Cruel and Unusual Punishment
One of the most repeated instructions in the Torah is that judges must do everything possible to provide equitable justice. In Deuteronomy 1, Moses reiterated this point once again, saying: “And I charged your judges at that time, saying: ‘Hear the causes between your brethren, and judge righteously between a man and his brother, and the stranger that is with him. You shall not respect persons in judgment; you shall hear the small and the great alike; you shall not be afraid of the face of any person…’” (Deuteronomy 1:16-17).
The command for equitable judgement resonates deeply in Western society, and yet the Hebrew Bible is often criticized for being harsh – particularly in modern times – because it allows for capital punishment. In fact, the means of capital punishment dictated by the Torah are four: strangulation, stoning, burning and decapitation. In the 21st century, these are all considered “cruel and unusual punishments,” which are illegal according to Eighth Amendment of the United States Constitution: “Excessive bail shall not be required, nor excessive fines imposed, nor cruel and unusual punishments inflicted.”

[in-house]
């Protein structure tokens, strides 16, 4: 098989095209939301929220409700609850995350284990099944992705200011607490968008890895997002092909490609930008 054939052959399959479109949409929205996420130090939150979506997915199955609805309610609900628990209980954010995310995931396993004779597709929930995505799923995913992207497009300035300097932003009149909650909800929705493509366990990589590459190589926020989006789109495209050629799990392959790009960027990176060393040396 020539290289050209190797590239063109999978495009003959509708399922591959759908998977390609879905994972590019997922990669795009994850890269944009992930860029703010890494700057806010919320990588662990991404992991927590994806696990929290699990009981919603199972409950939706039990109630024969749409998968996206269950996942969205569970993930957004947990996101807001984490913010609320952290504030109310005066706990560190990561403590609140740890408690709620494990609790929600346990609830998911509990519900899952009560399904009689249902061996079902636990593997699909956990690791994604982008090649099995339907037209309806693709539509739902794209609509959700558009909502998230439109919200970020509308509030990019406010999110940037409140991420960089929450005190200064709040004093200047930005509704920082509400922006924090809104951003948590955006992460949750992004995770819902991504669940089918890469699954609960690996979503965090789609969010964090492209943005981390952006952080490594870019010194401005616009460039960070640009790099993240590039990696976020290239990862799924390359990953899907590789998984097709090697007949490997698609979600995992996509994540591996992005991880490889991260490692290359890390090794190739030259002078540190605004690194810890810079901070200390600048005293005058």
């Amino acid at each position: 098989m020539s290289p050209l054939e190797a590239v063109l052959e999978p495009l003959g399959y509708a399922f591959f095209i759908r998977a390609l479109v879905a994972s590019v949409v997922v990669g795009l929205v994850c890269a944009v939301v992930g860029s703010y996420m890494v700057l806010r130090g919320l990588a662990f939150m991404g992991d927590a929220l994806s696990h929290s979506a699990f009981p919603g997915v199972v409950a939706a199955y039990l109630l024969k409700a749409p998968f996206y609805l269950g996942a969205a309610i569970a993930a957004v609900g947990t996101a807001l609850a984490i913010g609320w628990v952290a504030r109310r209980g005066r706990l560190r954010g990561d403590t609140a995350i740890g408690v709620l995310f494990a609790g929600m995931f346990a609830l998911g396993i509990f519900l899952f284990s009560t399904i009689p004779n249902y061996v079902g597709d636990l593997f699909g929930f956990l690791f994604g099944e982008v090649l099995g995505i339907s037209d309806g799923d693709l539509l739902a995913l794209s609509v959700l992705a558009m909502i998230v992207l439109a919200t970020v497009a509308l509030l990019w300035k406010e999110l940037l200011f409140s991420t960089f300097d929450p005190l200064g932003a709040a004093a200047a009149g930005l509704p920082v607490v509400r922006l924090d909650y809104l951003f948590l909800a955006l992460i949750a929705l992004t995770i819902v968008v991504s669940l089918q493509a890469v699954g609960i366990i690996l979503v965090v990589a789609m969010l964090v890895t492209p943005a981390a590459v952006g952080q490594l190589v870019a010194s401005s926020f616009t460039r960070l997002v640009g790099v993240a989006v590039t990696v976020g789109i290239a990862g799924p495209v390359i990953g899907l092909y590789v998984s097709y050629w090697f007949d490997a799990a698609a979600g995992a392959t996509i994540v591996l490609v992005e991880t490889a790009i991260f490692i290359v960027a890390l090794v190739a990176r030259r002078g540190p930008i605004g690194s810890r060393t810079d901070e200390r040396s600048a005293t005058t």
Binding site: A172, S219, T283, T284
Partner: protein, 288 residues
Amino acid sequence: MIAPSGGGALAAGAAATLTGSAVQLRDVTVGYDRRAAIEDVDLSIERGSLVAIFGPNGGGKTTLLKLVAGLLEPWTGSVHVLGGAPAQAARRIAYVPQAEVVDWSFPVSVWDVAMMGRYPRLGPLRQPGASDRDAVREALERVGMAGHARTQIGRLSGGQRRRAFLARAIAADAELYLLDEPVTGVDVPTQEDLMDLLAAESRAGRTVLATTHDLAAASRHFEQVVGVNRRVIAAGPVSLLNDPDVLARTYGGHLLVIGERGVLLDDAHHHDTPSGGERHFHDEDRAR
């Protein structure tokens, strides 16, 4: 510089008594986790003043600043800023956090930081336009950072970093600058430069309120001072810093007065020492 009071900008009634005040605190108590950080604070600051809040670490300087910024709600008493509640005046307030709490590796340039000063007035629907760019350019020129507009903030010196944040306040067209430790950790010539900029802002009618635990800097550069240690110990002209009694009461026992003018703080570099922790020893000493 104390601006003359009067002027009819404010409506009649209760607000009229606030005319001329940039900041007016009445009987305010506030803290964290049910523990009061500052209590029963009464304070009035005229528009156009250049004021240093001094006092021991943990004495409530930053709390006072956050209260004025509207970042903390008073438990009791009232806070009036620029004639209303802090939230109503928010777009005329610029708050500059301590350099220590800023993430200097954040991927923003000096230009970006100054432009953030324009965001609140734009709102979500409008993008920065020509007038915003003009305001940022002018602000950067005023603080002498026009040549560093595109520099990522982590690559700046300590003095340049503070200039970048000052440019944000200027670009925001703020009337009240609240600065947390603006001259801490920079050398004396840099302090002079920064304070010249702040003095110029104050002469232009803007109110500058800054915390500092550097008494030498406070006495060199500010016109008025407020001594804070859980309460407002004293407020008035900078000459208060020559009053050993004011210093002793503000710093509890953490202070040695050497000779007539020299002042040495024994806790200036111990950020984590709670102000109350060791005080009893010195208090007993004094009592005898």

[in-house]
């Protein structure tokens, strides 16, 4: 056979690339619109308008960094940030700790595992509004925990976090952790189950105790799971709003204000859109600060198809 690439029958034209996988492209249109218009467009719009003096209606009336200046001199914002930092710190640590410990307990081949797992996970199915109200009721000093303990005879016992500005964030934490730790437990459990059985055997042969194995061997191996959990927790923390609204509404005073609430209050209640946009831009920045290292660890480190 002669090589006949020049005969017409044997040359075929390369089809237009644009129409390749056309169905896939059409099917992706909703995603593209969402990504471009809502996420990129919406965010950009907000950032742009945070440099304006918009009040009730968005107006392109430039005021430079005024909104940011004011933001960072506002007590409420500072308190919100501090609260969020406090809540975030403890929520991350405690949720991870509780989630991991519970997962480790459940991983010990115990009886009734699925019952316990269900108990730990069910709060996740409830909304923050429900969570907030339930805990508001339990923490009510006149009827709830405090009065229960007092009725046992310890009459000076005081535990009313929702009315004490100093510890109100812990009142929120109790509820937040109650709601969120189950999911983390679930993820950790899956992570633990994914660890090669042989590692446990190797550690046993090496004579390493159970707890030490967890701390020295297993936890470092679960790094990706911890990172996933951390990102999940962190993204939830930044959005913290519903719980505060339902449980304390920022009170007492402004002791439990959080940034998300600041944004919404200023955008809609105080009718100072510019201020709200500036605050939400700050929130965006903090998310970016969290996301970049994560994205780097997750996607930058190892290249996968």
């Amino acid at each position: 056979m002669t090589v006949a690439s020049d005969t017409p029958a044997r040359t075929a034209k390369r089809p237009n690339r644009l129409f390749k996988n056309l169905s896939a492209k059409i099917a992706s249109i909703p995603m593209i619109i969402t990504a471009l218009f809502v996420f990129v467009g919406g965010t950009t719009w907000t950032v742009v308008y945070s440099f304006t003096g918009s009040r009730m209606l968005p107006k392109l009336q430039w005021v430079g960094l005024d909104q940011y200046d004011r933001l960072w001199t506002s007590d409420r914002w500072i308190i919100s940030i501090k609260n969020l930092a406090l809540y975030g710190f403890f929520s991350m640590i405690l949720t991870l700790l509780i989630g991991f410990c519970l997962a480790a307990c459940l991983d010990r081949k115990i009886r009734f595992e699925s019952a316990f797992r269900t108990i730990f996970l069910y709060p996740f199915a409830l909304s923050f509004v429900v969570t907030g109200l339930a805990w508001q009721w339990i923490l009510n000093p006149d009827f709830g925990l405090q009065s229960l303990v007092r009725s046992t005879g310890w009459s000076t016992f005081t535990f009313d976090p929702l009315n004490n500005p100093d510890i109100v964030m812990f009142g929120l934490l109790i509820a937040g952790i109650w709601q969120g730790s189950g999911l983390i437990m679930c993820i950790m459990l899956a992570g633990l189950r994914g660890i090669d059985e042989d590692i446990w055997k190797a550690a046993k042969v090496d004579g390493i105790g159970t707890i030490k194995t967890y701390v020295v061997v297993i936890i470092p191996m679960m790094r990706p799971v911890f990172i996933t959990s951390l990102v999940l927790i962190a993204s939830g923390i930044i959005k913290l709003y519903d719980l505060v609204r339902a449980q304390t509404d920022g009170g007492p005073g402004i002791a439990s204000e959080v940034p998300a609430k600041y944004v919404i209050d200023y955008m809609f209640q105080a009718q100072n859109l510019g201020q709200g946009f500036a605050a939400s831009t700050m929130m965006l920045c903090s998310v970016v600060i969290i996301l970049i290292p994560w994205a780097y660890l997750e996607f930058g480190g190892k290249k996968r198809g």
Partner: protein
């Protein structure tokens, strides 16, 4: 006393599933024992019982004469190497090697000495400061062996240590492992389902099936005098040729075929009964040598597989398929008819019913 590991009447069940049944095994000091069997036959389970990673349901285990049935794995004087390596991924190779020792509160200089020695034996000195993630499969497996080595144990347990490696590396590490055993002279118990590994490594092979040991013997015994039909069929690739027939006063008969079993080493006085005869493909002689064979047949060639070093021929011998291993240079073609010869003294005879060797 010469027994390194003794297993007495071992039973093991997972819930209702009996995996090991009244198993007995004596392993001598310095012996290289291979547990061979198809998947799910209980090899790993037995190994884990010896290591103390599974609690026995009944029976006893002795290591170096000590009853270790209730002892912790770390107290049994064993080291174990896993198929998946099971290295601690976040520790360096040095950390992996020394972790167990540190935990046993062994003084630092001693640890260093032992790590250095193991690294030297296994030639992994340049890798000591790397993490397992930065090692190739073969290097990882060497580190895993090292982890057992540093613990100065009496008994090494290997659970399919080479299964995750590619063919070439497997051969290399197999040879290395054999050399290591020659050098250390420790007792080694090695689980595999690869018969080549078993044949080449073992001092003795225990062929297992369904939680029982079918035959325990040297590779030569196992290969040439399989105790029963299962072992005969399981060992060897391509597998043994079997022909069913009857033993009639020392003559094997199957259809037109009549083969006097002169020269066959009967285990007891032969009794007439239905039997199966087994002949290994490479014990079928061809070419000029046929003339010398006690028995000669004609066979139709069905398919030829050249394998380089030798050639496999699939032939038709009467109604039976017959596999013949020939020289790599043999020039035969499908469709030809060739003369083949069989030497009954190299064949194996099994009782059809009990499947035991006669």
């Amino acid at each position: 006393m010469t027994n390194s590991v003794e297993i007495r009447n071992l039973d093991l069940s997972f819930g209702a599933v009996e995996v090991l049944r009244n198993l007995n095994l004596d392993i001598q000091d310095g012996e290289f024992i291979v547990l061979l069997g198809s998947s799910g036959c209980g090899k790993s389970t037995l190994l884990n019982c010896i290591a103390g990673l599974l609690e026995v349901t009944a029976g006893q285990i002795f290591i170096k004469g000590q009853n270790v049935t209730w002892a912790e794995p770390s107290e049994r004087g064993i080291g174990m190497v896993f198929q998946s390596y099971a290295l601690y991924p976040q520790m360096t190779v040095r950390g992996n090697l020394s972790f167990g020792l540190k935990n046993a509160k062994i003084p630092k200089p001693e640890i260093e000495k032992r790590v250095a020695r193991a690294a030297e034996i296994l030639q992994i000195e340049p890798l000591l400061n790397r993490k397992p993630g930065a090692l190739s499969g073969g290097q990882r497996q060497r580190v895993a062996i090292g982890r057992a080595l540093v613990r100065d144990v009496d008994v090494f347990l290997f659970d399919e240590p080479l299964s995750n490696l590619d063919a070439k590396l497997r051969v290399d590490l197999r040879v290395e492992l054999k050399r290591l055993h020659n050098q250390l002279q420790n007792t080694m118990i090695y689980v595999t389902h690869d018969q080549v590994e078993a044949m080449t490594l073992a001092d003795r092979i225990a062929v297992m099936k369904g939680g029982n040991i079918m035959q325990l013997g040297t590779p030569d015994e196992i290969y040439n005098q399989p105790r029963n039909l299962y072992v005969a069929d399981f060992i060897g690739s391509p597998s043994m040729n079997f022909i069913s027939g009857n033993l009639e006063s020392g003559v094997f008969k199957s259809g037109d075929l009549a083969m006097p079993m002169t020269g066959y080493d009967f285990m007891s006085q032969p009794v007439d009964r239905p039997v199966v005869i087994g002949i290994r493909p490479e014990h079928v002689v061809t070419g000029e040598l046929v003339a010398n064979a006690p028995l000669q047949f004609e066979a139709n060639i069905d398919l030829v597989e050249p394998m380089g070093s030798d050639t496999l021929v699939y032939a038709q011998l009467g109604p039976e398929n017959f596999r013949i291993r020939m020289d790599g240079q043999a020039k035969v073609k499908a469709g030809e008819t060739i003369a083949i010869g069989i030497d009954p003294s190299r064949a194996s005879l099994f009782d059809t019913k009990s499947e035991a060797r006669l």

In ancient times, capital punishment was rarely implemented by Jewish courts because of the very complex rules of evidence that were required. So rare were executions that the sages noted that:
A Sanhedrin that effects an execution once in seven years is branded a ‘destructive tribunal.’ Rabbi Eliezer ben Azariah says once in seventy years. Rabbi Tarfon and Rabbi Akiva say, ‘Were we members of the Sanhedrin, no person would ever be put to death.’ Rabban Shimon ben Gamliel remarked [on Rabbi Tarfon and Rabbi Akiva’s comment], ‘And they would also multiply shedders of blood in Israel!’ (Makkot 7a).
Indeed, even where the courts were able to dictate sentences that included beatings, Rabbi Yochanan interpreted Deuteronomy 1:16, “And I charged your judges at that time,” as a “warning to them to use the rod and lash with caution” (Sanhedrin 7b).
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